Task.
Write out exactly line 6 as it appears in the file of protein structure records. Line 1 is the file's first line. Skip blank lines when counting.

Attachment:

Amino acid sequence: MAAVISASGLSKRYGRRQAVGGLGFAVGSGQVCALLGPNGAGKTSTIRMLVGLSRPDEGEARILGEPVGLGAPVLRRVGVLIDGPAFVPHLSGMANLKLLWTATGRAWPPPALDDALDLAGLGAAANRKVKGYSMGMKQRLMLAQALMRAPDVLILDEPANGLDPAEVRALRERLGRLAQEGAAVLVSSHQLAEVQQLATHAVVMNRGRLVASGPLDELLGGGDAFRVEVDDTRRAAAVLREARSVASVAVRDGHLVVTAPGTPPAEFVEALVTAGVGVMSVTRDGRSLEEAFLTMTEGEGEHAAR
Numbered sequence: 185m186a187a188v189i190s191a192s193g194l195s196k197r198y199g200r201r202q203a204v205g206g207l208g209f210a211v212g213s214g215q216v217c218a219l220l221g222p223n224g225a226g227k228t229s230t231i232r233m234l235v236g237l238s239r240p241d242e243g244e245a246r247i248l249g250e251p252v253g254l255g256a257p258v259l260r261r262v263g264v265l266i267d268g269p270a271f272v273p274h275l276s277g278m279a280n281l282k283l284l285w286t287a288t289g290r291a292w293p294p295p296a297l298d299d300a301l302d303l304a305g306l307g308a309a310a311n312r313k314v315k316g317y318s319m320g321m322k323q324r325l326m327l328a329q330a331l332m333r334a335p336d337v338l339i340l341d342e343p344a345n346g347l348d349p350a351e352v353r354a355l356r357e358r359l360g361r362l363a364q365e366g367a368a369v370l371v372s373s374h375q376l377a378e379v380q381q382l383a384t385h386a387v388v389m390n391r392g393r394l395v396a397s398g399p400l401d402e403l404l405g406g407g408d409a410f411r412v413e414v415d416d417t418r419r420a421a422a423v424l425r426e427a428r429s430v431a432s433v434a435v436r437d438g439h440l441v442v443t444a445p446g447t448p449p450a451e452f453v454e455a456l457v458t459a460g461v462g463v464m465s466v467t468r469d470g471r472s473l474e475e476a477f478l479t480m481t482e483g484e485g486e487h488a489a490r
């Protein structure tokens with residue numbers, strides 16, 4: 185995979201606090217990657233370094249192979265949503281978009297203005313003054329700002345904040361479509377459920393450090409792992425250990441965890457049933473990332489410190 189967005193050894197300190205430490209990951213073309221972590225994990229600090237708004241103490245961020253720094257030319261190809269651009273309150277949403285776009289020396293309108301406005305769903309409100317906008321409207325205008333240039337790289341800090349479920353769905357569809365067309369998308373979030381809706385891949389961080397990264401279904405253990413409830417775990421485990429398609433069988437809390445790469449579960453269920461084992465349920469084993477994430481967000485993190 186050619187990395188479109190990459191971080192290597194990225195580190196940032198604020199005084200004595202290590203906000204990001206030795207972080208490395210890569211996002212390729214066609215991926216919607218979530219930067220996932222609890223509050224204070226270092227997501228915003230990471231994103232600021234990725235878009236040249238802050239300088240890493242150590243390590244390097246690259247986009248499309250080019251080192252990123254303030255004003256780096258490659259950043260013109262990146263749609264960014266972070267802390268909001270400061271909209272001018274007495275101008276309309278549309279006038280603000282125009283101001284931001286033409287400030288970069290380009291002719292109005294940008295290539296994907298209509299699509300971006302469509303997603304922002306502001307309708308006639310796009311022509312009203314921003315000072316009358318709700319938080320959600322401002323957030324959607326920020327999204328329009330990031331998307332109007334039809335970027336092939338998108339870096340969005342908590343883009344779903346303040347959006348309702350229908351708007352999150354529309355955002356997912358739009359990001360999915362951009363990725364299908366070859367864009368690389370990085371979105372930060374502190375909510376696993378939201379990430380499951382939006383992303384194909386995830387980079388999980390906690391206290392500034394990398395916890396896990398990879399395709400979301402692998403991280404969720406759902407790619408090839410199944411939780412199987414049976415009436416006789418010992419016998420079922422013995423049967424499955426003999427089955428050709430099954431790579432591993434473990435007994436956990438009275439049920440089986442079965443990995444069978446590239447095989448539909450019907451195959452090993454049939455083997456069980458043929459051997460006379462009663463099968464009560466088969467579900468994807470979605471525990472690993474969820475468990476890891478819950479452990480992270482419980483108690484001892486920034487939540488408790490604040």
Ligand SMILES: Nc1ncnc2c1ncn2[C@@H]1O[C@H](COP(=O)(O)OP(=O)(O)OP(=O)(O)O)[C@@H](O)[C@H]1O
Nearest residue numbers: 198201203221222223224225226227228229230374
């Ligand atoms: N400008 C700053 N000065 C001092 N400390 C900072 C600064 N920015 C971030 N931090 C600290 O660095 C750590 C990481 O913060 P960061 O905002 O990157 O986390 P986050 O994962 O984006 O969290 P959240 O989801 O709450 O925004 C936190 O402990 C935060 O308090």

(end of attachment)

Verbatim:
């Ligand atoms: N400008 C700053 N000065 C001092 N400390 C900072 C600064 N920015 C971030 N931090 C600290 O660095 C750590 C990481 O913060 P960061 O905002 O990157 O986390 P986050 O994962 O984006 O969290 P959240 O989801 O709450 O925004 C936190 O402990 C935060 O308090």